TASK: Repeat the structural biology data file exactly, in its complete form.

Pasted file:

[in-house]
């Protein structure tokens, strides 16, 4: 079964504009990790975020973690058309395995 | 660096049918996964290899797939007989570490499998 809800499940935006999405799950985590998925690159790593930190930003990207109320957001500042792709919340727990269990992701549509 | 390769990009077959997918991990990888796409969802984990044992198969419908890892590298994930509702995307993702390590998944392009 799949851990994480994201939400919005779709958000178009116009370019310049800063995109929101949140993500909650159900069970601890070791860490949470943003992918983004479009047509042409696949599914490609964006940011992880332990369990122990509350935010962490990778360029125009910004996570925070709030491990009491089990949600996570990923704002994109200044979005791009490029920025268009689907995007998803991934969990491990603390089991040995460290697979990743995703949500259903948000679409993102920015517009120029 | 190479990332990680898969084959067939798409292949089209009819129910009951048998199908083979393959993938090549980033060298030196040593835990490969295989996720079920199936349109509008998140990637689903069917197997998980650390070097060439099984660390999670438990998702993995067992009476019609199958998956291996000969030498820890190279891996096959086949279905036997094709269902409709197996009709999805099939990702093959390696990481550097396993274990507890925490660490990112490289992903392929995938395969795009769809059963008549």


[in-house]
């Protein structure tokens, strides 16, 4: 079964504009990790975020973690058309395995 | 660096049918996964290899797939007989570490499998 809800499940935006999405799950985590998925690159790593930190930003990207109320957001500042792709919340727990269990992701549509 | 390769990009077959997918991990990888796409969802984990044992198969419908890892590298994930509702995307993702390590998944392009 799949851990994480994201939400919005779709958000178009116009370019310049800063995109929101949140993500909650159900069970601890070791860490949470943003992918983004479009047509042409696949599914490609964006940011992880332990369990122990509350935010962490990778360029125009910004996570925070709030491990009491089990949600996570990923704002994109200044979005791009490029920025268009689907995007998803991934969990491990603390089991040995460290697979990743995703949500259903948000679409993102920015517009120029 | 190479990332990680898969084959067939798409292949089209009819129910009951048998199908083979393959993938090549980033060298030196040593835990490969295989996720079920199936349109509008998140990637689903069917197997998980650390070097060439099984660390999670438990998702993995067992009476019609199958998956291996000969030498820890190279891996096959086949279905036997094709269902409709197996009709999805099939990702093959390696990481550097396993274990507890925490660490990112490289992903392929995938395969795009769809059963008549």